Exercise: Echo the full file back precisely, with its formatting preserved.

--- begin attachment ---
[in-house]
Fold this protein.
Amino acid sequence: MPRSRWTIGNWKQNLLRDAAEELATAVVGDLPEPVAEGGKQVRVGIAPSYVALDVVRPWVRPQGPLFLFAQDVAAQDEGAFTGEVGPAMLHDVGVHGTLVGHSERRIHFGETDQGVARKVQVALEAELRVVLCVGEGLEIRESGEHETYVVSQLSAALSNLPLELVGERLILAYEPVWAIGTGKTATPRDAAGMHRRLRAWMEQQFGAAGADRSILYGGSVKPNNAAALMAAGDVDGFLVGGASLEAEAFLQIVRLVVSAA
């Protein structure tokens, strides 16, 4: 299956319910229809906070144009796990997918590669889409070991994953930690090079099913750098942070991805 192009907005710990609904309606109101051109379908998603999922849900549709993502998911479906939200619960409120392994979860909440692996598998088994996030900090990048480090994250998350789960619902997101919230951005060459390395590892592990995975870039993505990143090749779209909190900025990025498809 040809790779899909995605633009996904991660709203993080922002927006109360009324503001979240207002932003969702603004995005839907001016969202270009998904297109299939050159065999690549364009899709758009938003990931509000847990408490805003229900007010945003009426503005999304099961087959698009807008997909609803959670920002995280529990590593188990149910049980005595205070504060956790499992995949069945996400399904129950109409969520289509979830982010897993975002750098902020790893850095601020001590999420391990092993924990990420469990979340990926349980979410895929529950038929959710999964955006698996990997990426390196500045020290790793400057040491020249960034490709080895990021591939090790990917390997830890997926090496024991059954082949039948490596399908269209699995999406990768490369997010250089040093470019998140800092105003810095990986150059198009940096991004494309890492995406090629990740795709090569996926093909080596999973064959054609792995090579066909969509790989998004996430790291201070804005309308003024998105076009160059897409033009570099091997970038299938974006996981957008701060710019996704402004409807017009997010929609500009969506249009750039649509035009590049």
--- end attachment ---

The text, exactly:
[in-house]
Fold this protein.
Amino acid sequence: MPRSRWTIGNWKQNLLRDAAEELATAVVGDLPEPVAEGGKQVRVGIAPSYVALDVVRPWVRPQGPLFLFAQDVAAQDEGAFTGEVGPAMLHDVGVHGTLVGHSERRIHFGETDQGVARKVQVALEAELRVVLCVGEGLEIRESGEHETYVVSQLSAALSNLPLELVGERLILAYEPVWAIGTGKTATPRDAAGMHRRLRAWMEQQFGAAGADRSILYGGSVKPNNAAALMAAGDVDGFLVGGASLEAEAFLQIVRLVVSAA
């Protein structure tokens, strides 16, 4: 299956319910229809906070144009796990997918590669889409070991994953930690090079099913750098942070991805 192009907005710990609904309606109101051109379908998603999922849900549709993502998911479906939200619960409120392994979860909440692996598998088994996030900090990048480090994250998350789960619902997101919230951005060459390395590892592990995975870039993505990143090749779209909190900025990025498809 040809790779899909995605633009996904991660709203993080922002927006109360009324503001979240207002932003969702603004995005839907001016969202270009998904297109299939050159065999690549364009899709758009938003990931509000847990408490805003229900007010945003009426503005999304099961087959698009807008997909609803959670920002995280529990590593188990149910049980005595205070504060956790499992995949069945996400399904129950109409969520289509979830982010897993975002750098902020790893850095601020001590999420391990092993924990990420469990979340990926349980979410895929529950038929959710999964955006698996990997990426390196500045020290790793400057040491020249960034490709080895990021591939090790990917390997830890997926090496024991059954082949039948490596399908269209699995999406990768490369997010250089040093470019998140800092105003810095990986150059198009940096991004494309890492995406090629990740795709090569996926093909080596999973064959054609792995090579066909969509790989998004996430790291201070804005309308003024998105076009160059897409033009570099091997970038299938974006996981957008701060710019996704402004409807017009997010929609500009969506249009750039649509035009590049």